I was basically a one-man team before, when I had my shop in Japan. Everything from design, production, emails, press information, and even packing and shipping of samples and merchandise, I had to do them myself. Now I can concentrate 100 per cent on design. Most of the pieces I produced were handmade. The volume for my orders at that time was not that big and I could still control the quality of each piece of work. Now the biggest challenge for me is probably delivery. Having to keep up with the growth of our order volume stresses me out. This clouds my ability to create and disturbs my chain of thought when I design. Most importantly, I now have more time to develop collection inspirations. For example, I’m travelling to Florence for a few days to visit a new factory. Before, I would rarely have had the time to go on trips for new fabric and to research factories. These are all positive changes, I have no complaint about what we are able to achieve today.
Let’s talk about how you develop inspirations and what they are for your collection this season.
I draw my inspiration from everyday life, organically. This season I pondered the concept of life and death.
In April, I was in Fukuoka when the earthquake hit. It made me think about the way we perceive life and death. Then it was the Yoko Ono exhibition in Tokyo. I was really touched by her artworks and attitude. And also by John Lennon too. You probably saw some resemblance to his look on one or two models. There’re pieces that directly pulled inspiration from her artwork, such as the T-shirt that says “Burn this cloth after you have worn it”, which takes inspiration from her book Grapefruit: A Book of Instructions and Drawings.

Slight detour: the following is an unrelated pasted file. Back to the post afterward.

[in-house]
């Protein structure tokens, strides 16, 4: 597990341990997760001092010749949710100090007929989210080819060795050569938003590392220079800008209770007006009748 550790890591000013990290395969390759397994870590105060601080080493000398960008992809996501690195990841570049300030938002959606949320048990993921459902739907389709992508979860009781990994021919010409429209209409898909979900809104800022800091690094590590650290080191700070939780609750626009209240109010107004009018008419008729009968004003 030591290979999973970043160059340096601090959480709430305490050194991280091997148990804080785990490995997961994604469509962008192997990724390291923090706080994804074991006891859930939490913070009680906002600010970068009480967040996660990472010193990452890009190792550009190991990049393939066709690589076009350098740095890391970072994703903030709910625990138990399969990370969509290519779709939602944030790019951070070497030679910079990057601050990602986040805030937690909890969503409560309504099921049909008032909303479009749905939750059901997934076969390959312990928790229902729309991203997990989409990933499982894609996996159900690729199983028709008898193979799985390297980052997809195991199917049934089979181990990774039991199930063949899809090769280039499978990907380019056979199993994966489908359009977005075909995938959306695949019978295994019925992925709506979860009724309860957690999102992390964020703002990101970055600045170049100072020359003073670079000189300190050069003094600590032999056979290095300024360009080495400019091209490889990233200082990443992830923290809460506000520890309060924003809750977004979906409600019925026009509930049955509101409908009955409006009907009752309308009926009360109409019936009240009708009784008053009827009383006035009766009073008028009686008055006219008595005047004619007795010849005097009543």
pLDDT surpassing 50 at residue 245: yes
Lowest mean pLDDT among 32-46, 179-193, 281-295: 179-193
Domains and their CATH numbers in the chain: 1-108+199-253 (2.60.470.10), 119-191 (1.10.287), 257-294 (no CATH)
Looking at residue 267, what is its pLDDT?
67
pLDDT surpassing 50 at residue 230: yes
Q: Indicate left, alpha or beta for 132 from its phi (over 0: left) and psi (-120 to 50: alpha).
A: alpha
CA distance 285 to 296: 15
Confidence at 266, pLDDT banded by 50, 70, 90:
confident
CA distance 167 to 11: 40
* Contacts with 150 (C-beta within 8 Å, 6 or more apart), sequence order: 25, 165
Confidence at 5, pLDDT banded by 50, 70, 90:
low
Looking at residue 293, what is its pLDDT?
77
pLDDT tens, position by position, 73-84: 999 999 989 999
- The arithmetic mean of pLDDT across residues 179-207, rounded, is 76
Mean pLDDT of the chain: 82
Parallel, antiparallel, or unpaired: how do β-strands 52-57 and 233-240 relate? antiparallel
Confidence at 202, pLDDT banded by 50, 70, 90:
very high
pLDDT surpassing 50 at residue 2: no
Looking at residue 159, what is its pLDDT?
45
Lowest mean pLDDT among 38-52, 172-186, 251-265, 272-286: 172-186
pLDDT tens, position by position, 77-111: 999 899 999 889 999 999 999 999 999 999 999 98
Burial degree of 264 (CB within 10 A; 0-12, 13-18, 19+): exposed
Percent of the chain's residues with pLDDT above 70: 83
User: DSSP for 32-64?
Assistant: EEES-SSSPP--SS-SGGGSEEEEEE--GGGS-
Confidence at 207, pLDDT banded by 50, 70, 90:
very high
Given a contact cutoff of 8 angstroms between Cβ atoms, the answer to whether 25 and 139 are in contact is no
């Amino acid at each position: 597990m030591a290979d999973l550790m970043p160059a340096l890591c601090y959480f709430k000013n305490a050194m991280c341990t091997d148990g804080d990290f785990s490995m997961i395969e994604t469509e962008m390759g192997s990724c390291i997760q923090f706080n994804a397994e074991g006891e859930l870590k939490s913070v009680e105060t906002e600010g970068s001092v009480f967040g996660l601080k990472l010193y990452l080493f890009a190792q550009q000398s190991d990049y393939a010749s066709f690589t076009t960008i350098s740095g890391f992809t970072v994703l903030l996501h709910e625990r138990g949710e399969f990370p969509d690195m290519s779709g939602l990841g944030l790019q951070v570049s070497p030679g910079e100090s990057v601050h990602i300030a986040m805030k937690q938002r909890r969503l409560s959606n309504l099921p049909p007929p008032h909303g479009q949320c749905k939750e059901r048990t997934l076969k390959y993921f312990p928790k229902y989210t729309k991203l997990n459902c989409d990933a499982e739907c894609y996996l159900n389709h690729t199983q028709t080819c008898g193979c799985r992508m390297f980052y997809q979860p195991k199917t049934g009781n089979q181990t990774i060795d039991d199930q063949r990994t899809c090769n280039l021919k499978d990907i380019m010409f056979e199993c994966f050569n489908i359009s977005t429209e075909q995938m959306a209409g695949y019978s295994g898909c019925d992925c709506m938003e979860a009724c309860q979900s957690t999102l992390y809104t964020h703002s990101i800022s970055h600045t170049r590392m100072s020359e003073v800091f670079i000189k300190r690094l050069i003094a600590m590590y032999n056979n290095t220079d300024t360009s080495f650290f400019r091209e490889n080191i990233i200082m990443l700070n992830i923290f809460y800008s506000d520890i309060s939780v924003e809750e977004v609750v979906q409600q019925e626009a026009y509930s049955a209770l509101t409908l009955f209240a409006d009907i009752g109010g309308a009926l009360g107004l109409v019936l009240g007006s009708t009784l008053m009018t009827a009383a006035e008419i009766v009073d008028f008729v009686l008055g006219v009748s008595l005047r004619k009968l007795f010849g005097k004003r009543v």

This work was an early example and a pillar for conceptual art. I took some references and elements of Cut Piece into uniforms and military motifs, and reconstructed them with my own interpretations. This is all to invite the audience to be more interactive with what we observe every day. I like to know people’s minds are instigated constantly. I pick up more resonance with conceptual art, typically those that touch on darker topics, such as life and death, this season.
Was this a response to current industry behaviour? It seems your message is almost nostalgic.
That would depend on everyone’s interpretation. I don’t want to dictate that because that’s not my goal. My goal is to send a message and let the audience have the freedom to think.
Your neck... that’s a tattoo of a cross?
The cross, we all know, symbolises Christianity and it’s also the name of my brand. And you know that tattoos, regardless of how big or how small they are, are still taboo in Japanese society. I decided to tattoo this on my neck on purpose, to serve as a milestone and reminder to myself that there’s no turning back. I’m going to walk this path with no regrets.